Tristan + Isolde appears in an aspect ratio of approximately 1.85:1 on this single-sided, double-layered DVD; the image has been enhanced for 16X9 televisions. The transfer featured many positives and very few negatives.
Sharpness was strong. Virtually no softness crept into the presentation. The film exhibited a crisp, detailed image at all times. No issues with jagged edges or shimmering occurred, and I noticed only a sliver of edge enhancement. Source flaws also seemed absent.
The filmmakers opted for some stylized tones in Tristan. The movie stayed with desaturated tones and favored darker hues. We saw subdued greens and blues through much of the flick, with virtually no brighter bits on display. All these colors seemed well reproduced within the movie’s palette. Blacks were also deep and dense, while shadows offered appropriate definition. Overall, this was a very satisfying image.
I also really liked the audio of Tristan + Isolde. The DVD included very similar Dolby Digital 5.1 and DTS 5.1 mixes. I thought the DTS mix was a little more robust, but I didn’t detect substantial differences between the two tracks.
I had no problem with that since the pair sounded great. The soundfield seemed involving and active, especially during the battle scenes. Those offered the showiest moments, though all parts of the flick depicted a nice sense of environment.
Audio quality was similarly positive. Dialogue appeared distinct and natural, with no issues connected to edginess or intelligibility. Music sounded clear and bright and displayed good range. Effects were clean and accurate, while low-end boomed nicely. This was a very good mix that supported the material well.
In regard to extras, Tristan comes with two separate audio commentaries. The first features screenwriter Dean Georgaris. He presents a running, screen-specific discussion. Despite a few lulls, Georgaris offers a generally solid chat.
As expected, the commentary mostly addresses script issues. Georgaris tells us about the project’s long path to the screen, as he originally created it as a writing exercise back in the mid-Nineties. Georgaris goes over his collaboration with director Kevin Reynolds and producer Ridley Scott as well as changes made through various drafts, cut and altered sequences, influences and elements he does and doesn’t like. Georgaris keeps things fairly light and engaging as he discusses his work and how the final product represents his vision. This ends up as a nice little chat.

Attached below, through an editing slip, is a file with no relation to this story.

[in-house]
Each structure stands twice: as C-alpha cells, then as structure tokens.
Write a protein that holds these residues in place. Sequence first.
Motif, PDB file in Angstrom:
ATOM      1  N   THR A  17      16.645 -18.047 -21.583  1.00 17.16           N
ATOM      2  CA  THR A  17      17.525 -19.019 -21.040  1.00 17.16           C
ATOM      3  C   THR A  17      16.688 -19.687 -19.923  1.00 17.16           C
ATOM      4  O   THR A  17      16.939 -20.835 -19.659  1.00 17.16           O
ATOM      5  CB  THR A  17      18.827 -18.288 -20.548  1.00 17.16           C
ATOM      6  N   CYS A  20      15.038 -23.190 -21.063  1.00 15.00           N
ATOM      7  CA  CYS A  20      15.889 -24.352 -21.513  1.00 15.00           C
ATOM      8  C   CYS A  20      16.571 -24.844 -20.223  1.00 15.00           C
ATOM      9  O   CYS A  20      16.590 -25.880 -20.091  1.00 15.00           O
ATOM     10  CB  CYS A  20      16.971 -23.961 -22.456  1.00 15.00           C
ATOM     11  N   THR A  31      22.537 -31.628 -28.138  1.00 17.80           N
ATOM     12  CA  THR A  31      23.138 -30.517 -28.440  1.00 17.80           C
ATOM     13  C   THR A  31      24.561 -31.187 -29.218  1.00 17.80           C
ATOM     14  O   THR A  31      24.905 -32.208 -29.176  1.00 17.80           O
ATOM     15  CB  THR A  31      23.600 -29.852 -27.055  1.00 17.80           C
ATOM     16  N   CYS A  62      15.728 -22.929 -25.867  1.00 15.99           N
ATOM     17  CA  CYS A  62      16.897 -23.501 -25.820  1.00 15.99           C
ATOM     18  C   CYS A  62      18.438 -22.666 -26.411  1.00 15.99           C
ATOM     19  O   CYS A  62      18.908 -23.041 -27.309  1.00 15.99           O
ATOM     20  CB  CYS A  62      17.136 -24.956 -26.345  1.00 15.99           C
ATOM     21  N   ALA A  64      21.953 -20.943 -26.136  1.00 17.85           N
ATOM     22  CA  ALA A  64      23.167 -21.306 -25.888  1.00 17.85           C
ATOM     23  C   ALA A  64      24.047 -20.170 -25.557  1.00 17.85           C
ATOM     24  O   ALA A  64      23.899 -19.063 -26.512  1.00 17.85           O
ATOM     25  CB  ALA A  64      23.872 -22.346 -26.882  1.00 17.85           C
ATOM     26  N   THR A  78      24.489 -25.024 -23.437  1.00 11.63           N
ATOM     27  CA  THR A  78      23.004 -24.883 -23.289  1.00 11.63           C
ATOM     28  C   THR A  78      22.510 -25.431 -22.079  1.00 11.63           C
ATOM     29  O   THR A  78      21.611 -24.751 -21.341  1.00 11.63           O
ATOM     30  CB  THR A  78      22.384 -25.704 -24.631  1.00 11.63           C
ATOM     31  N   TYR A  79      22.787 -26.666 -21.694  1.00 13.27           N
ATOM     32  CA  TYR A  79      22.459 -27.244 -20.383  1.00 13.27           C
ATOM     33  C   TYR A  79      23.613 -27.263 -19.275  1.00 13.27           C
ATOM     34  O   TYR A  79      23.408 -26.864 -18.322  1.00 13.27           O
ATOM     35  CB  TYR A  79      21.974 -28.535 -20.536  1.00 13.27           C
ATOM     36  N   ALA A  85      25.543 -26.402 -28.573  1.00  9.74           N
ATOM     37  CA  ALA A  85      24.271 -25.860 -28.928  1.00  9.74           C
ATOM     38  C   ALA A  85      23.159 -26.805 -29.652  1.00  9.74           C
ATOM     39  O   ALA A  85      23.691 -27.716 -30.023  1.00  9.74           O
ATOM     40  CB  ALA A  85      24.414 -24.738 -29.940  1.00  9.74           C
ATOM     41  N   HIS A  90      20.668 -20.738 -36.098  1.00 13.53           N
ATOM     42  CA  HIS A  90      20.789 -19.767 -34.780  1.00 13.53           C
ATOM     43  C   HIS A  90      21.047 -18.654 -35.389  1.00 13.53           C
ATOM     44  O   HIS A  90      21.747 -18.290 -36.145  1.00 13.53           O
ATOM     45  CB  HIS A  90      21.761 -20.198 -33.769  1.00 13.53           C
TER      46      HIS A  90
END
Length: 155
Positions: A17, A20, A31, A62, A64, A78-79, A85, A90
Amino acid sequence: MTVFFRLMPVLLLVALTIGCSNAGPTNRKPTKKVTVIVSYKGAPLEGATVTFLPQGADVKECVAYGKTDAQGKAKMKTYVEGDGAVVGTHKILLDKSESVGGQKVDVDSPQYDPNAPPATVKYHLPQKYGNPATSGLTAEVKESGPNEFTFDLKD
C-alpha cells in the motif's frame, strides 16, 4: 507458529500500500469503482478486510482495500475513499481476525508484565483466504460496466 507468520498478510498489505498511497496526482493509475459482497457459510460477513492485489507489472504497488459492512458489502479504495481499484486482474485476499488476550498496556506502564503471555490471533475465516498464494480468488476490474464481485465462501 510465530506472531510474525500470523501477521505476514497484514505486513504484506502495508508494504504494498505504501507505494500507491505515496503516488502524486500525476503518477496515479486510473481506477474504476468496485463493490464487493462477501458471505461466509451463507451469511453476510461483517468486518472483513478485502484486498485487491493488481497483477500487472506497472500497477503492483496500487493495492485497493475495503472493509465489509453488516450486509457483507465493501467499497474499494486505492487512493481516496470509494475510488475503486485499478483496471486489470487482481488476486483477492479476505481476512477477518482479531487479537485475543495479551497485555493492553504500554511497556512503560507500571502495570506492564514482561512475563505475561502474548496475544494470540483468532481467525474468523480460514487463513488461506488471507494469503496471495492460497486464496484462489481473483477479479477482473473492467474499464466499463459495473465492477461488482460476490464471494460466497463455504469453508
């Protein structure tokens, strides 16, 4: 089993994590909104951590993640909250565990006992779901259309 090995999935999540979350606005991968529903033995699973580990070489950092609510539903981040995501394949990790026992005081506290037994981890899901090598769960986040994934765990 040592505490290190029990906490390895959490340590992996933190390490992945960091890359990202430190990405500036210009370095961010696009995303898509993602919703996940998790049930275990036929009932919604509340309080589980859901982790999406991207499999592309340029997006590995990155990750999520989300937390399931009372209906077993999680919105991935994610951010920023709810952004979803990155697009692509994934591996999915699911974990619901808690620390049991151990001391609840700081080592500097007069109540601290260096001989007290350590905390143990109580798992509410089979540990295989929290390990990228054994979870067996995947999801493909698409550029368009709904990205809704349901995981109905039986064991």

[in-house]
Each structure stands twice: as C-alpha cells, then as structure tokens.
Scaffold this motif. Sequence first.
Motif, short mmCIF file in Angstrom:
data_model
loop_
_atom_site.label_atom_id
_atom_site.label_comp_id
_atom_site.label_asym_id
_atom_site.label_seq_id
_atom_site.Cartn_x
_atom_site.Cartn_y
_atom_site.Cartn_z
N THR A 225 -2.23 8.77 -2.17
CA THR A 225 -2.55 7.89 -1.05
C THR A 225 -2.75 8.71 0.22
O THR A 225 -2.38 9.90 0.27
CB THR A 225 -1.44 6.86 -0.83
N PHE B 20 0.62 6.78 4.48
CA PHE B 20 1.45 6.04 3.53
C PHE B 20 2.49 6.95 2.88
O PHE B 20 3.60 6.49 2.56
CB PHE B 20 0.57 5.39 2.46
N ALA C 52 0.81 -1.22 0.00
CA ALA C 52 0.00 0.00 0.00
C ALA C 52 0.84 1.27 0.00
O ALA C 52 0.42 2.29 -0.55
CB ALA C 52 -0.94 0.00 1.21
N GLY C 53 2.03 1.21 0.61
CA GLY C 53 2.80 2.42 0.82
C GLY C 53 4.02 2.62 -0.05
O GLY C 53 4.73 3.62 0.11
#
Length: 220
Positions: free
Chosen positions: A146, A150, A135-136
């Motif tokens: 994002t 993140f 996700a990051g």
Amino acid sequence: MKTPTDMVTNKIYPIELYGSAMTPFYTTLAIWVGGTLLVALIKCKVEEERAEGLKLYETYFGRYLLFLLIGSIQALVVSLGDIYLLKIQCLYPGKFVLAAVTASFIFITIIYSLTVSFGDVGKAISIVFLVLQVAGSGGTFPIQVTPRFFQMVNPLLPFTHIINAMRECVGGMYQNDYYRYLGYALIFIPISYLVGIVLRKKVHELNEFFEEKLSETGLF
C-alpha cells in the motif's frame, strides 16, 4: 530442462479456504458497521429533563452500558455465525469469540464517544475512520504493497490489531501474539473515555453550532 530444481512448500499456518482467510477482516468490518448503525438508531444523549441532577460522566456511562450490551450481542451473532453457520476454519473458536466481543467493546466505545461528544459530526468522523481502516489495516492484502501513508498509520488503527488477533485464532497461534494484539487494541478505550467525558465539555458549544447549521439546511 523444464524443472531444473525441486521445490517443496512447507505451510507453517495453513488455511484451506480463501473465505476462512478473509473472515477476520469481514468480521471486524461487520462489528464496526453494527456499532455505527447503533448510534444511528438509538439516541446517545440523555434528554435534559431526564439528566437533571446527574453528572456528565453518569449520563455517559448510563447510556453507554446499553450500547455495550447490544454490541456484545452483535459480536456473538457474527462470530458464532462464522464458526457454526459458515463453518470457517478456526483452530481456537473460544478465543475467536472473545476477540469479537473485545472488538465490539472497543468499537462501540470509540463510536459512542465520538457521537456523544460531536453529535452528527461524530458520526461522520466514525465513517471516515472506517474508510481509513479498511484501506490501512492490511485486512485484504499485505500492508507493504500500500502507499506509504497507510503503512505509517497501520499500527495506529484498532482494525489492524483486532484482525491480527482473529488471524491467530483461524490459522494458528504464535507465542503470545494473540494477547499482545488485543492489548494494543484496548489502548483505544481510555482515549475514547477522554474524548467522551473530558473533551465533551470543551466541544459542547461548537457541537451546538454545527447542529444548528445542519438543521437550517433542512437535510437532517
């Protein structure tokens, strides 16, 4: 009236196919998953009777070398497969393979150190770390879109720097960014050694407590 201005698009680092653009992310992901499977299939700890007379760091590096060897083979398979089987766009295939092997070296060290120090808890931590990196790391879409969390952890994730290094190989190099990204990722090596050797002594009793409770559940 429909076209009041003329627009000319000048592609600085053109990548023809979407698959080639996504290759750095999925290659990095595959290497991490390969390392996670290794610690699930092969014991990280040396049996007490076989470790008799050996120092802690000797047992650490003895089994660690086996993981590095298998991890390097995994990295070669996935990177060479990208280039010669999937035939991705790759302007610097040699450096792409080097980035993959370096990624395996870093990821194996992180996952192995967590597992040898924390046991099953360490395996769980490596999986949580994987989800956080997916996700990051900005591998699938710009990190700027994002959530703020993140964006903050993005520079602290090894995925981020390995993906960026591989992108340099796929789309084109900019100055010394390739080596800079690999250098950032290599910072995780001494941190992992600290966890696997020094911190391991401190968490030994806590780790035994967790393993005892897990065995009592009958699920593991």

For the second commentary, we hear from executive producer Jim Lemley and co-producer Anne Lai . Both sit together for their running, screen-specific track. They get into the expected mix of topics. We hear a little about the adaptation and other story issues. We also learn about the cast and characters, sets and locations, crew and their work, and general notes from the production.
Lai and Lemley get into various problems and challenges. We find out how weather negatively impacted on the shoot as well as injuries to actors. At no point does this threaten to become a particularly scintillating conversation, but it also never flops. Lai and Lemley offer a perfectly serviceable and informative discussion that digs into appropriate topics with reasonable depth.
Next we find a featurette called Love Conquers All: Making of Tristan + Isolde. This 29-minute and 10-second piece mixes movie clips, behind the scenes elements and interviews. We hear from Lai, Georgaris, Lemley, director Kevin Reynolds, production designer Mark Geraghty, stunt coordinator/second unit director Nick Powell, cinematographer Artur Reinhart, and actors James Franco, Sophia Myles, Rufus Sewell, Henry Cavill, JB Blanc, Bronagh Gallagher, Thomas Sangster, and Mark Strong.
“Conquers” looks at the development of the script, the influence of prior versions, and this one’s path to the screen. From there we get notes about the flick’s low budget and related concerns, the cast and their performances, various visual design decisions and attempts at historical accuracy. Next we learn about complications on location, costumes and sets, cinematography, stunts and actor training, Reynolds’ work,
I must admit I expected the usual promotional fluff from “Conquers”, but the program offers much greater depth than that. It presents a nice encapsulation of the production and benefits from a number of insights. The documentary boasts a lot of solid behind the scenes footage and covers the shoot well. Take this one as a fine overview.
Inside the Image Galleries, we discover three separate areas. These include “Behind the Scenes” (122 shots), “Production Design” (47), and “Costume Design” (37). These provide surprisingly solid photos. The “BTS” pictures are more candid than usual, and all offer nice elements of the production.
In the advertising department, the DVD includes trailer as well as 11 TV spots. We also discover two music videos for Gavin DeGraw’s “We Belong Together”. The “long” one goes for four minutes, 36 seconds, while the “short” version fills two minutes, 30 seconds. The long one includes lip-synch shots of DeGraw mixed with movie clips and a story that shows a modern girl who gets involved in the story when she reads it. The short take just offers a cut rendition of the longer one. It’s a decent video for a sappy song.
While I like the fact that Tristan + Isolde never becomes a piece of pandering pop puffery, I can’t say the movie does much to rise above mediocrity. A lack of complexity and a passionless romance cause it to sputter and never become anything memorable. The DVD provides excellent picture quality as well as very good audio and a fairly useful set of extras. This is a solid DVD for a lackluster movie.